A pseudotrajectory of ice drift, calculated using ADCP data from site 1, is displayed in Figure 10. Between mid and late February the pack ice was essentially motionless. A rapid movement to the west-northwest (up shelf and offshore) began early on 26 February, opening the flaw lead to a width of 70 km in some places by 4 March. Figure 11 shows a surface temperature image of the Mackenzie Shelf on 4 March when the flaw lead was at its widest. It shows the flaw lead as 70 km wide, in agreement with the ice drift data, and encompassing the entire length of the Mackenzie Shelf, stretching from the middle of Amundsen Gulf to over 100 km west of Mackenzie Trough. At this time the flaw lead is largely filled with fractured grey or grey/white ice, and the region of open water that would contain frazil ice is confined close to the edge of the landfast ice. From Figure 11 the open water region is approximately 3 km wide over the Mackenzie Shelf; earlier images showed the region of open water up to about 10 km wide. Strong upwelling-favorable winds were also present during this upwelling-favorable ice motion. Toward the end of the 4 March the direction of ice drift began backing onshore, toward the south-southeast (Figure 10), ending the upwelling impetus to the water column. The cold outflow through Kugmallit Valley began shortly thereafter, possibly released by the cessation of upwelling circulation. Following closure of the lead on 12 March, there was virtually no movement of the pack for over a month.
 New ice at the outer edge of the flaw lead would have survived for 16 d before being crushed into stamukhi by the onshore ice motion; the lifetime at the inner edge was zero. Since the thickness of 16-d-old ice in late winter is about 0.5 m in this area [Melling and Riedel, 1996, Figure 4], the average growth of ice within the flaw lead during this event was about 0.25 m. This growth would have released about 6 kg/m2 of salt to the water column. If the waters of the flaw lead were a static receiving volume for this salt, bounded by the 20- and 50-m isobaths, the salinity would have increased by 0.17 practical salinity units (psu) during this event. However, the onset signal at site 1 in early March is much larger than this at ∼1 psu. The maximum possible salinity increase can be estimated by considering the maximum rate of ice formation that occurs in the narrow region of open water alongside the edge of the landfast ice near the 20-m isobath. An ice-profiling sonar deployed at site 1 showed that approximately 30 cm of ice formed in 3 d during the flaw lead event (not shown). Because of the nonlinear growth of ice this leads to an estimate of approximately 10 cm of ice growing in 12 h in the open water of the flaw lead. This would have released about 40 kg/m2 of salt to the water column during the 7 d of the lead opening. If the open water region was a static receiving volume for this salt, the salinity could have increased, on average, by at most 2 before the lead began to close on 5 March. This increase is of approximately the correct size, based on CTD casts, to produce an onset salinity signal at the bottom at site 1 of ∼1 psu. However, since the open water region in the flaw lead is quite narrow, the volume of water produced with this estimate is much too small to produce the 10–15 cm/s flow observed that lasted for 2 weeks. A more reasonable explanation of the down-valley flow of dense water is that the waters near the edge of the landfast ice under the flaw lead had been progressively filled with cold brine for some months because of repeated opening and closing of the flaw lead. This has previously been observed over the Mackenzie Shelf [Melling, 1993; Melling and Moore, 1995]. The lack of freezing point water at the bottom at site 1 prior to March and the occasional appearance of a freezing temperature signal at the bottom at site 9 (35-m isobath) as early as January support this contention (not shown). Also, it is too idealistic to presume that the open water of the flaw lead forms a static receiving volume for salt rejected by ice formation. For example, offshore flow in the surface boundary layer, driven by up-shelf and offshore-directed surface stress, will have caused some offshore export of the brine formed in the open water of the flaw lead.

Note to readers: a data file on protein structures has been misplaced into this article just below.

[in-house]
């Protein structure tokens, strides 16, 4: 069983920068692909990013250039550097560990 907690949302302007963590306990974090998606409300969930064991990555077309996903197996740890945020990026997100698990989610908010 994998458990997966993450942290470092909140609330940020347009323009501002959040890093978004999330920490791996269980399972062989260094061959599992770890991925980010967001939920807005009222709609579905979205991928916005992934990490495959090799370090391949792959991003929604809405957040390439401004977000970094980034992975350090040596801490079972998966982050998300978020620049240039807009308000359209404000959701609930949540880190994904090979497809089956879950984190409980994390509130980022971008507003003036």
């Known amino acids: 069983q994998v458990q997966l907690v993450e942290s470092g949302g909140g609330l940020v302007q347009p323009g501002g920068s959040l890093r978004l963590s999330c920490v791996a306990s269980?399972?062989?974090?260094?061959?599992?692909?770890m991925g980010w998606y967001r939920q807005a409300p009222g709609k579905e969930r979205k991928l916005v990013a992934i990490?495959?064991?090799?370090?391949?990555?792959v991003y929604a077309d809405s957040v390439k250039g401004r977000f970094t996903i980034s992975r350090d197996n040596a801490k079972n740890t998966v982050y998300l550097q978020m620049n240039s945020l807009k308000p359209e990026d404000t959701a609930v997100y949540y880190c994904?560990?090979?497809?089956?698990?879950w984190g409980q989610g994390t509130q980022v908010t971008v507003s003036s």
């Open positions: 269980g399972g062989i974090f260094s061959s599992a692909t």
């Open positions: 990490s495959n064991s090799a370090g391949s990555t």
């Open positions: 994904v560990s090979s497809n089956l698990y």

Melling and Lewis  described the flow of dense polynya water across the Mackenzie Shelf using a stream tube model and found, because of the extremely gentle cross-shelf bottom slope (∼0.001) and effects of friction on a thin (10 m) layer of dense water, that the time period for the water to reach the shelf break was of the order of 50 d with flow speeds of about 3 cm/s. With such slow transit speeds the cross-shelf transport of dense water is likely to be dominated by other shelf processes, such as upwelling/downwelling, because of surface stress from the wind and ice. We expect that the dense polynya water is not observed at site 1 prior to 6 March because of the predominance of up-shelf surface stress during the winter, a result of both the wind direction and the blocking of down-shelf ice motion [Williams et al., 2006].